Reading Tomassi's Logic, he says that the truth-tree method is effective in establishing the validity of a valid sequent of first-order logic, and the invalidity of some invalid sequents. However, trees for some invalid sequents will just go on to infinity, and so "we may never be able to establish mechanically that an invalid sequent... is actually invalid" (p. 362). This led me to wonder whether there is an effective decision procedure for determining whether a tree is infinite. Having seen a few infinite trees, they seem like something that a computer should be able to detect (although I don't know much about computing so I haven't much faith in my intuitions here!). And if there were such a procedure, wouldn't first-order logic then be effectively decidable, since given any sequent, we could see whether the tree it produces is infinite or finite, and if it's infinite, then the sequent is invalid, and if it's finite, we can use the tree to see if the sequent is valid or invalid.

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    $\begingroup$ Yes, it would make it decidable. But order logic isn’t decidable, so there is no such procedure. $\endgroup$ Jul 2 at 18:11
  • $\begingroup$ I think it may help to consider an example where the infinite-ness of the relevant tree is non-obvious. Let $s(\overline{x})=t(\overline{x})$ be your favorite Diophantine equation; reinterpreting that equation as a formula $\varphi(\overline{x})$ in the language $\{0,1,+,\cdot\}$ of rings, we have that that Diophantine equation has a solution in $\mathbb{N}$ if and only if $\exists \overline{x}(\varphi(\overline{x}))$ is a consequence of the semiring axioms (the "only if" direction isn't quite obvious, but note that every semiring admits a homomorphism from $\mathbb{Z}$). (cont'd) $\endgroup$ Jul 2 at 22:45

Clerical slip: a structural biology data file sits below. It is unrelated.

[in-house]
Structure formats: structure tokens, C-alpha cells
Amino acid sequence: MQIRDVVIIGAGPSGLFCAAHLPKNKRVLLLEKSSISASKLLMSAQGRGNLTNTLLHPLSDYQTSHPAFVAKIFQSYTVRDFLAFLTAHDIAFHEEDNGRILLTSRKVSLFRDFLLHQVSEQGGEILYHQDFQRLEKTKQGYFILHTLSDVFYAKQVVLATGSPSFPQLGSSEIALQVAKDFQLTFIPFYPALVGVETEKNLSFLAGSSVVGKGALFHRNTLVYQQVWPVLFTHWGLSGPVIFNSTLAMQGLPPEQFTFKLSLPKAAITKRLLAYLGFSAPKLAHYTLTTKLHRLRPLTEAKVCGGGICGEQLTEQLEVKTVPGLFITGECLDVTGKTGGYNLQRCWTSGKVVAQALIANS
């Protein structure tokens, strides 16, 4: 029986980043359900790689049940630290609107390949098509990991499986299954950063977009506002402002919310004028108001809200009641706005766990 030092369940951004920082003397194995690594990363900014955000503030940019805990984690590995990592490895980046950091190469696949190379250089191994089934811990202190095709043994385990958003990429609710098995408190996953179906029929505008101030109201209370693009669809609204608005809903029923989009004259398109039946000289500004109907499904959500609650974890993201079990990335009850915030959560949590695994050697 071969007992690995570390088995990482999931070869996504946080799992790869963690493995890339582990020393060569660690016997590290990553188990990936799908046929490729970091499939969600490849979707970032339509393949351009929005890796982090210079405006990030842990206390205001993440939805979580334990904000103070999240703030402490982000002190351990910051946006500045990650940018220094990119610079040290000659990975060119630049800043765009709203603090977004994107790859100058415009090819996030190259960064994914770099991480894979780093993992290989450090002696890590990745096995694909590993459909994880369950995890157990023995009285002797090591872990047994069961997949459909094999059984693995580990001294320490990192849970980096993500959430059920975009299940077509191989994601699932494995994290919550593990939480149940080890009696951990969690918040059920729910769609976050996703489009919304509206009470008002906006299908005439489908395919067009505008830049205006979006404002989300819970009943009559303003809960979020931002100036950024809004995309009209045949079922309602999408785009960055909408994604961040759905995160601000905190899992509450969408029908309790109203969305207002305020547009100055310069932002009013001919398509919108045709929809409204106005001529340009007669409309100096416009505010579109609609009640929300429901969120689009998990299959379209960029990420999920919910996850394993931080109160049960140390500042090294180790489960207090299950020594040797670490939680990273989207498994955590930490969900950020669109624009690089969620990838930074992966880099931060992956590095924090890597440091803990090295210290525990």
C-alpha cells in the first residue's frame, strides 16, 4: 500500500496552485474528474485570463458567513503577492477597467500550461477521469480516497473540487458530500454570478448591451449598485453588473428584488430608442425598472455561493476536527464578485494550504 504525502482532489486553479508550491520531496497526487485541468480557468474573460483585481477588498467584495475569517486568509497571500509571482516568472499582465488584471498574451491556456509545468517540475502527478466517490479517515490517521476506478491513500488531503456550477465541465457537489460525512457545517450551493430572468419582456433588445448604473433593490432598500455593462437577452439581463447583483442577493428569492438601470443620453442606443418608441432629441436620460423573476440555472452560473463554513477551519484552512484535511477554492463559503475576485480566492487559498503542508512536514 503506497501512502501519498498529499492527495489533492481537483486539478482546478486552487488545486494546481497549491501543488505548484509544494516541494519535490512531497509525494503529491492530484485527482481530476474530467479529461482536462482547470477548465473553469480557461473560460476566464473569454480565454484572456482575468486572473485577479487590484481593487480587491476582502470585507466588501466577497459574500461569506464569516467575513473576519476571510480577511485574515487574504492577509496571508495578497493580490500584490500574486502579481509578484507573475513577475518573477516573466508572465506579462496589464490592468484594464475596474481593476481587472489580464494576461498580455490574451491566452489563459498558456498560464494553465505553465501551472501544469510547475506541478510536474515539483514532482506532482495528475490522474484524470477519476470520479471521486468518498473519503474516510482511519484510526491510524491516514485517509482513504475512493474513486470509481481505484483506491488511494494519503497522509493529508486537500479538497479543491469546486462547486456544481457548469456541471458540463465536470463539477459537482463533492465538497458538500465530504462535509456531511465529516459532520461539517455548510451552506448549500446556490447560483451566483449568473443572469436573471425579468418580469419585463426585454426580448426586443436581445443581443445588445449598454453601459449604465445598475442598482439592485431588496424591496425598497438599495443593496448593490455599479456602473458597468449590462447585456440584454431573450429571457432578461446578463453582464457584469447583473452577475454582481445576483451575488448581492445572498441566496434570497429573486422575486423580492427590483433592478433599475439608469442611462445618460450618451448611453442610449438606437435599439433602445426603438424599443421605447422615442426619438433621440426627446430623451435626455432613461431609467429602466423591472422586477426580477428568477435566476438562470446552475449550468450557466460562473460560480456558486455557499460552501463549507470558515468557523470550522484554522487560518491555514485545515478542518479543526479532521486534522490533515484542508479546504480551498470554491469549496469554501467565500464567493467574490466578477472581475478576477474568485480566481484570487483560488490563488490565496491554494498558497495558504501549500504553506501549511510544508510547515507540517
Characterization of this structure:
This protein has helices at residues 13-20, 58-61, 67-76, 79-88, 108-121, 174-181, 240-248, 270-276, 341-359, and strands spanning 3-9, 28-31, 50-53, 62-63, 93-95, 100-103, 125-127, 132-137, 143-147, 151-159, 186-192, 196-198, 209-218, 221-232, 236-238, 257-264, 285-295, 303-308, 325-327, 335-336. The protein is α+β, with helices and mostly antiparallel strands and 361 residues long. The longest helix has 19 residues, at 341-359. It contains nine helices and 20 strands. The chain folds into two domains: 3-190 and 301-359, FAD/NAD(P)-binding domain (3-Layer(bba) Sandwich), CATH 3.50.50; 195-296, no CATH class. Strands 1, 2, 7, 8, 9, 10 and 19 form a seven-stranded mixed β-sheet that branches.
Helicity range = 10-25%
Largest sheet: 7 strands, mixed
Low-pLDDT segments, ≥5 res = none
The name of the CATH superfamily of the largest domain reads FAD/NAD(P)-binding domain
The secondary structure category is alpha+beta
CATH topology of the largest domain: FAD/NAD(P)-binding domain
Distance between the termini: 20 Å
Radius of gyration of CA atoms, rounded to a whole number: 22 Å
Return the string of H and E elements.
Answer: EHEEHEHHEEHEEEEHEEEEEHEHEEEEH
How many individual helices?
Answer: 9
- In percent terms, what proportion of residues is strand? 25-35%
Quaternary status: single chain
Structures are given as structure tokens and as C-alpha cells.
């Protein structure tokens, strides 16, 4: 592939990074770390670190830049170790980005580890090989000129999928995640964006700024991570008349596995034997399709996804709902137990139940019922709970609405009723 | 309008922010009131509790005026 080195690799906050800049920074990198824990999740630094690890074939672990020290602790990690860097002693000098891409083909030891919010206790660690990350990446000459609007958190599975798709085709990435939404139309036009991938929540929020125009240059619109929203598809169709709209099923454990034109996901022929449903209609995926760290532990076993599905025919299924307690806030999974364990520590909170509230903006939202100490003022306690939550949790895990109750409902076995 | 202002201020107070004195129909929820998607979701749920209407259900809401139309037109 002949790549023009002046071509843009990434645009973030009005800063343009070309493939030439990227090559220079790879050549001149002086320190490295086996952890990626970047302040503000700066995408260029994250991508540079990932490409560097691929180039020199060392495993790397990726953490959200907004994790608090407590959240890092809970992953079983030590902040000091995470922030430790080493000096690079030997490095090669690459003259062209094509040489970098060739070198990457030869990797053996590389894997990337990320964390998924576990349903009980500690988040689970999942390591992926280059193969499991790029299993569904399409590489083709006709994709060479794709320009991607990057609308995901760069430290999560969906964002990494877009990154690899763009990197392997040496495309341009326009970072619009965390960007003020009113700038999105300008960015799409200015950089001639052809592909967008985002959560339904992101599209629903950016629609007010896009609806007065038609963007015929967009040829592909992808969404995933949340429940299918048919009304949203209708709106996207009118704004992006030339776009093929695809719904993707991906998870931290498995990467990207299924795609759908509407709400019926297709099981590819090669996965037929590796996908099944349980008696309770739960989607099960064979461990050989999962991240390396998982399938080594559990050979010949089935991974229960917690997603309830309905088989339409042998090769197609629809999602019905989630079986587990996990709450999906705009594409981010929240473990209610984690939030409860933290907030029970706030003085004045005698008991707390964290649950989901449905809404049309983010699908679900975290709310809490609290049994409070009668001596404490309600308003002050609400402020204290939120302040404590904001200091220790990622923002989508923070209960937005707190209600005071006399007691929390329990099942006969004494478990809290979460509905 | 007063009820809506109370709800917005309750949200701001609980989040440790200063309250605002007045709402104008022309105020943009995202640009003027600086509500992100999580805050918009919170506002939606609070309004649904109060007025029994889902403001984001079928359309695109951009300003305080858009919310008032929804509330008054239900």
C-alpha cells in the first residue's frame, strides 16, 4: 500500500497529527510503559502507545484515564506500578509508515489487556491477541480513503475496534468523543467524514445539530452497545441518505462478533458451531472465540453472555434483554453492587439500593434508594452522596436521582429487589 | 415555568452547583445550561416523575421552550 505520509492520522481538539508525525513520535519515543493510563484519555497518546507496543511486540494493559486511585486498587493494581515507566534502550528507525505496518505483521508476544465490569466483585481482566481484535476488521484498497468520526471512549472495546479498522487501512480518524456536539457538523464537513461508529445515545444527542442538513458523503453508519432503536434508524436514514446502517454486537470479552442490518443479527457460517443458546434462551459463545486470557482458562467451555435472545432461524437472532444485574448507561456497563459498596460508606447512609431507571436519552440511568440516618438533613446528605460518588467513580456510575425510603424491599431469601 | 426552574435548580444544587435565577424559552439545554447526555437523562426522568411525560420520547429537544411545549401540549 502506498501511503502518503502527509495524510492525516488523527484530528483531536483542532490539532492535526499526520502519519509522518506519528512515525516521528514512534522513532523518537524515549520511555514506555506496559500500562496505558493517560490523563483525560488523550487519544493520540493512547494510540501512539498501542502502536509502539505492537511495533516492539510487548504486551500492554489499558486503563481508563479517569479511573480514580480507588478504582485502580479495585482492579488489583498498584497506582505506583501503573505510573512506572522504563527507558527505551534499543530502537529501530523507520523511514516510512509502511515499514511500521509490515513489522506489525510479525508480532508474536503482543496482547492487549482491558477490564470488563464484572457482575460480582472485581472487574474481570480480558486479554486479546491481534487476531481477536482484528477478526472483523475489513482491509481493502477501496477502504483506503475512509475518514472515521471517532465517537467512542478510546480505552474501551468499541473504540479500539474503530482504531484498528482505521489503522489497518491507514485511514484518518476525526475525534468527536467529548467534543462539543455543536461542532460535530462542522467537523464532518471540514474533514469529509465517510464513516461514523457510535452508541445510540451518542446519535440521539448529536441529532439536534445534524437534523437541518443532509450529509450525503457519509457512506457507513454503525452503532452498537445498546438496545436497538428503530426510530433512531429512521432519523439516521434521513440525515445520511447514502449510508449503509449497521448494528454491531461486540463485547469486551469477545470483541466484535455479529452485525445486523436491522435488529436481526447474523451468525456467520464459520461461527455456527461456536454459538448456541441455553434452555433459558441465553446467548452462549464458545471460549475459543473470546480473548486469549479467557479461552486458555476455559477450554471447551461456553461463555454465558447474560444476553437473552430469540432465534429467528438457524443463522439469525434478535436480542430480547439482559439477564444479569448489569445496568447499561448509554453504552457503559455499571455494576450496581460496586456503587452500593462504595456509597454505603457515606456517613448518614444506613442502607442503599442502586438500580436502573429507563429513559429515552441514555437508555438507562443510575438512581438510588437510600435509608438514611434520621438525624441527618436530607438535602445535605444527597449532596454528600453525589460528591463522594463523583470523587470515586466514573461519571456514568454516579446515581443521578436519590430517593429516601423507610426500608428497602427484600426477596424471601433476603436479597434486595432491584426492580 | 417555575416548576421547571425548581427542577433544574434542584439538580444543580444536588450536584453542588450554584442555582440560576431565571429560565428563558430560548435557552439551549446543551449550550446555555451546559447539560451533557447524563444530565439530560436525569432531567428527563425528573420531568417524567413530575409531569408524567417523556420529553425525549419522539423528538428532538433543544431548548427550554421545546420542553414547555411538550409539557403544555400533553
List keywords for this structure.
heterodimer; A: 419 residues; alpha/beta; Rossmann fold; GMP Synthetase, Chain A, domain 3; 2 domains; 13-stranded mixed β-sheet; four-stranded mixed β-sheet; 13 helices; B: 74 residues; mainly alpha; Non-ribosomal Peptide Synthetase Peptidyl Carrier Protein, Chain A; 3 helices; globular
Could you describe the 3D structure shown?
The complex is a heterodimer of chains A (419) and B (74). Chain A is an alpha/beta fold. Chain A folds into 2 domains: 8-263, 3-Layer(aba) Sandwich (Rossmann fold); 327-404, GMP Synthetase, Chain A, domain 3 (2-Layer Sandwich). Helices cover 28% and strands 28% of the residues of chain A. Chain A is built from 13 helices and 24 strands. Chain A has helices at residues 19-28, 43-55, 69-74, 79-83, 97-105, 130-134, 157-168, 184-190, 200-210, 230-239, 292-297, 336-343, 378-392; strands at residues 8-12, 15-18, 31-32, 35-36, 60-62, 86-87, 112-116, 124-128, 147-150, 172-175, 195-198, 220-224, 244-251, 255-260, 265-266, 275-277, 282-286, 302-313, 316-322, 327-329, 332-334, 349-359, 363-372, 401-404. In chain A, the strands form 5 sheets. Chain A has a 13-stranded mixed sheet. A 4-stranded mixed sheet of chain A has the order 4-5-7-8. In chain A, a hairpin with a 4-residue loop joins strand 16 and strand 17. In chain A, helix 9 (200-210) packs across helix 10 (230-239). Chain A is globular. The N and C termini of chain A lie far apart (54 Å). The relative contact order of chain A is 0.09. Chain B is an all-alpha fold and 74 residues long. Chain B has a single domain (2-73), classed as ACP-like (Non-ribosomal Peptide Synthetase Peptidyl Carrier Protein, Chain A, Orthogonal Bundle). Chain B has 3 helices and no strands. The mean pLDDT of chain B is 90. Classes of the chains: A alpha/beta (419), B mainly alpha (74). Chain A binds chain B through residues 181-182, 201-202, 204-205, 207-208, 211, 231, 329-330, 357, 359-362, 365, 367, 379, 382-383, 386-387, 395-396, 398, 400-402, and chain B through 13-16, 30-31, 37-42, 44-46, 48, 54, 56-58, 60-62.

• $\begingroup$ Let $\rho$ be the conjunction of the finitely many semiring axioms, and consider the status of $$(\star)\equiv\rho\rightarrow\exists\overline{x}(\varphi(\overline{x}))$$ in case the original equation $s(\overline{x})=t(\overline{x})$ has no solutions over $\mathbb{N}$ but non-obviously so. The resulting tree will be infinite but not obviously infinite (think by analogy with the "look for a solution" process, which of course never terminates ...). $\endgroup$ Jul 2 at 22:47

1 Answer 1


Two points.

  1. Start off a tree with the premises and negated conclusion of the argument you are interested in. There is indeed a systematic procedure which will either generate a closed tree (showing the argument is valid) or generate a tree with an open branch from which you can read off a valuation which makes everything on the branch true and hence shows the argument you are interested is invalid. But there is no general method of deciding whether this systematic procedure will indeed produce an open branch. As @spaceisdarkgreen says. (And it is provable that there can be no such procedure.)
  2. But if you are interested in tableaux methods, Tomassi’s book won’t take you very far (it’s far from a top recommendation). For better options, and alternatives to tableaux systems, see Beginning Mathematical Logic Chap 3, downloadable from https://logicmatters.net/tyl
  • $\begingroup$ Congrats on 50k ^_^ $\endgroup$ Jul 2 at 19:09

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